Know Your Barnacles

Barnacles1You’re walking along the rocky Northwest ocean shore line and you see then by the billions and gazillions.  Barnacles, barnacles, and more barnacles.  The cling to every rock, pylon, piece of drift wood, shell, and just about anything else touched by the sea.  These non-descript bits of life and their protective shells seem to encrust everything.  But what they are and how they do it is a reveals just how fascinating and complex the simplest organism can be.

Barnacles are Crustaceans, a primarily aquatic class of animals grouped under the gigantic order Arthropods.  Like all arthropods the crustacean barnacles prominently display an external skeleton.  Barnacles, however, have a unique feature that sets them apart from other crustaceans and hence puts them into a subclass called the Cirripedia.  In zoological terms cirri (plural of cirrus) are “threadlike appendages that serve as an organ of touch.”  Pedia refers, of course, to the Latin for foot.  Hence the subclass we know as barnacles are called cirripedia, roughly translated as Threadfoot.  And this is a pretty good description for anyone who has seen these little guys submerged in their aquatic homes gently waving their cirri back and forth for a planktonic lunch.

Anyone who lives near or has visited an ocean coastline would hav

Rick Harbo’s Field Guide : “Whelks to Whales” claims that there are 900 species of barnacles throughout the world and that 65 of them are found in the wildlife of the Northwest.  Our barnacles fall into two broad categories and the most common are listed below:

Barnacles Without a Stalk:

Giant Barnacle, Balanus nubilus  As the name implies this is the largest barnacle in our area and all along the West Coast.  Reportedly this four inch cirriped was roasted and eaten by native Americans.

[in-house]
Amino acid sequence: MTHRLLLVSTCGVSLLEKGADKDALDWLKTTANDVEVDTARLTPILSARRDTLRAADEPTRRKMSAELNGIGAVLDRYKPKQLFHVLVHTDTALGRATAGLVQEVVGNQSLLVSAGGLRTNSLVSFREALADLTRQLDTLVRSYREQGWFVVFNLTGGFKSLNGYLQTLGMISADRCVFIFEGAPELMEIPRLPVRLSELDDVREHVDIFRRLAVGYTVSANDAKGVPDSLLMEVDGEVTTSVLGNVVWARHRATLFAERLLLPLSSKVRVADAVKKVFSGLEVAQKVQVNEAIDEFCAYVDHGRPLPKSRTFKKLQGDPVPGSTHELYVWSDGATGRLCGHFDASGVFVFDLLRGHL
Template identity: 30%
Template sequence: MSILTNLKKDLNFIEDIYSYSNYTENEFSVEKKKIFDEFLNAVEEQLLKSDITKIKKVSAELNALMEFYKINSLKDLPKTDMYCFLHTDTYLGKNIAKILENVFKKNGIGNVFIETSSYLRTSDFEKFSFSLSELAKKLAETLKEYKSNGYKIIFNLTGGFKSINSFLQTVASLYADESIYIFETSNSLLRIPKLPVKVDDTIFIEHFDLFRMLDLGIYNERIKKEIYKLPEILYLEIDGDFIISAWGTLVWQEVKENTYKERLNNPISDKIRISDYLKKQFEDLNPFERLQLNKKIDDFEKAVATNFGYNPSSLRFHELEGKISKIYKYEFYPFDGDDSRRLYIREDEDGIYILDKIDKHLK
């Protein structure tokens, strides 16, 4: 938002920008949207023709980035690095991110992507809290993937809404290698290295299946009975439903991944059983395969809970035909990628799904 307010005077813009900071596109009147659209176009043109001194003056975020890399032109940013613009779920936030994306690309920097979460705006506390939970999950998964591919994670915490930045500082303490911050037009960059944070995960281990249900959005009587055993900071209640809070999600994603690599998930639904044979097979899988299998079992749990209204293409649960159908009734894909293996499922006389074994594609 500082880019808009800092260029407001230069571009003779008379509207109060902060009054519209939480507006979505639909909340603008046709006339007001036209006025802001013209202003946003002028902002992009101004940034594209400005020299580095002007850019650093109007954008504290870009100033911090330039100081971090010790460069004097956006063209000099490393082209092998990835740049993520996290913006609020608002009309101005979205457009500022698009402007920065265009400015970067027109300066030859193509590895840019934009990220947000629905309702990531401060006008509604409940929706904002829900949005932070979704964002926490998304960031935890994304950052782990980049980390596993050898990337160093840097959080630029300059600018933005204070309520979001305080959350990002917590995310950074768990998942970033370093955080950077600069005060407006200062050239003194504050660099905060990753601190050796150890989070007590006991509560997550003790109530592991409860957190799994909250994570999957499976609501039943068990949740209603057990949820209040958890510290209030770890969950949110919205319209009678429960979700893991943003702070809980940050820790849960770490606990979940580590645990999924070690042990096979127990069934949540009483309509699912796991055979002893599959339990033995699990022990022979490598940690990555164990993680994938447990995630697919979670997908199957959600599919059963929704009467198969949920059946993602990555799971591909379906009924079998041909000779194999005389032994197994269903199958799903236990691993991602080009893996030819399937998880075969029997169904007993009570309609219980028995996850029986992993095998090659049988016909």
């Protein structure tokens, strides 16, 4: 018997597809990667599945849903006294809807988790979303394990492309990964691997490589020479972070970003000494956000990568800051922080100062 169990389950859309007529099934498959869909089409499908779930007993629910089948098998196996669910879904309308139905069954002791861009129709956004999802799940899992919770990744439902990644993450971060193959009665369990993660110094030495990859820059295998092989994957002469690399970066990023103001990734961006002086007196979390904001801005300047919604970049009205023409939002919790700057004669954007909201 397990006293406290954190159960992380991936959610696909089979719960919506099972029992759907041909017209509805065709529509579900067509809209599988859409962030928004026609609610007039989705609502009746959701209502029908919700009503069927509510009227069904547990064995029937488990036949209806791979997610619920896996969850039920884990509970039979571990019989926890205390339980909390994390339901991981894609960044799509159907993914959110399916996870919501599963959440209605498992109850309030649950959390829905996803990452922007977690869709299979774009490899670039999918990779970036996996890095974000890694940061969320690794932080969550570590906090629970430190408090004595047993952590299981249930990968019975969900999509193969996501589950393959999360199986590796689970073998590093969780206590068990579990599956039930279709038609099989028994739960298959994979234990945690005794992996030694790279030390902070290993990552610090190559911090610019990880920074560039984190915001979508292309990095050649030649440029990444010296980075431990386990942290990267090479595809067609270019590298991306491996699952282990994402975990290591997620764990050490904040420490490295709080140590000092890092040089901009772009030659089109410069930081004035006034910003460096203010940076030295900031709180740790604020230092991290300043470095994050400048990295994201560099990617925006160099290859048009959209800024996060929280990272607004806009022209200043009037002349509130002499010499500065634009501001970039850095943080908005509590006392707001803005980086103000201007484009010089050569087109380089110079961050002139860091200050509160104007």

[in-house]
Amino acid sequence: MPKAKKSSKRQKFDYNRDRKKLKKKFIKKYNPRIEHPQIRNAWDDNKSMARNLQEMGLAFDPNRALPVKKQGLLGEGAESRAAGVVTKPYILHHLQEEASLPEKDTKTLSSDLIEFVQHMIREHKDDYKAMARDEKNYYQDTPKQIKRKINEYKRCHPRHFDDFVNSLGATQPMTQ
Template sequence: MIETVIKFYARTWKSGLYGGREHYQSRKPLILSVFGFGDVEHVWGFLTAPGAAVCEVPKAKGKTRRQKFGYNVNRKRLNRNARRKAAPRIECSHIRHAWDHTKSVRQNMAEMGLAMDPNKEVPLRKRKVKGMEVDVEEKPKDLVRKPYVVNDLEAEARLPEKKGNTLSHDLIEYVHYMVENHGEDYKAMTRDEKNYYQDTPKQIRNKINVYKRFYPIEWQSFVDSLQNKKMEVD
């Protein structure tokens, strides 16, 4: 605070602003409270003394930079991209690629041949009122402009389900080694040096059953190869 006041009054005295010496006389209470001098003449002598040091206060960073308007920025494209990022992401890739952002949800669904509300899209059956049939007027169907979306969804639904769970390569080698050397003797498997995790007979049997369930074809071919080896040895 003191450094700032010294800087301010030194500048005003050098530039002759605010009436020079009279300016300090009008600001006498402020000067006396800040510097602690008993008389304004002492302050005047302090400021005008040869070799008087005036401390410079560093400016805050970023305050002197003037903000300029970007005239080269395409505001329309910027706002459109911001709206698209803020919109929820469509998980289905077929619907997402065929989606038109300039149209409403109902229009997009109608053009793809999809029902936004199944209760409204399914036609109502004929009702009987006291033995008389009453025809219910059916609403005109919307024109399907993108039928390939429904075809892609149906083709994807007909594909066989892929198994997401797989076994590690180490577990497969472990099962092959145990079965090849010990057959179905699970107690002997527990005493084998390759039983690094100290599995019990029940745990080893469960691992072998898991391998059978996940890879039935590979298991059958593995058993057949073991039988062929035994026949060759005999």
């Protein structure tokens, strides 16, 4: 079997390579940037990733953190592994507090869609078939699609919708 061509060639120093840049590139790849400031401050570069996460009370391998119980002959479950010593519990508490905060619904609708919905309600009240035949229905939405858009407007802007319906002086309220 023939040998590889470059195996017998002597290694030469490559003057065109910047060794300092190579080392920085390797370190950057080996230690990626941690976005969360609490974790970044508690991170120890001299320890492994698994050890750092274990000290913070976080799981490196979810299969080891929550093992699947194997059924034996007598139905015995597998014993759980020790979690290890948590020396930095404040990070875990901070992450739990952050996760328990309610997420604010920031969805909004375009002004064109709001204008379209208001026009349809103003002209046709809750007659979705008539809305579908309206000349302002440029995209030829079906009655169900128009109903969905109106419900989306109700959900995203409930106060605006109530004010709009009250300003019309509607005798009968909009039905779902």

Acorn Barnacles  About 3/4 of an inch wide these guys look similar to a tiny volcano when viewed from above.  The acorn barnacles come in two varieties:

  • Common Acorn Barnacle, Balanus glandula  Whitish in color, the closed aperture or “mouth” of the barnacle looks like a wavy line.
  • Small Acorn Barnacle, also called the Brown Barnacle, Chthamalus dalli  Smaller than the Common Barnacle, it is also distinguished by the cross design displayed when the aperture is closed.

 Thatched Barnacle, Semibalanus cariosus  About a half an inch wide Thatched Barnacles are named for the thatched appearance of their shells.

Barnacles With a Stalk:

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Goose (Stalked) Barnacles   These rather large barnacles have a goose head shaped shell at the end of the substrate attached stalk called the peduncle.  Stalked barnacles are considered more primitive than their non-stalked cousins.  Note:  Goose Barnacles and sometimes the Leaf Barnacle is called the Goose Barnacle and sometimes the Leaf Barnacle is labeled the Pelagic Goose Barnacle.  Yes, it’s confusing.  So if you decide to look up some of the literature on these guys use the scientific name as a guide.

  • Goose Barnacle, Lepas anatifera  This cirriped has a stalk six to eight inches long.  The shell is composed of large plates that extend to the top of the barnacle stalk.  Generally likes to attach to driftwood or other articles that have been floating about the sea.
  • Leaf Barnacle, Pollicipes polymerus  Very similar to L. anatifera.  This barnacle prefers rocky shores and is mainly distinguished from  L. anatifera by the series of tinier shell plates where the base of the shell head meets the stalk.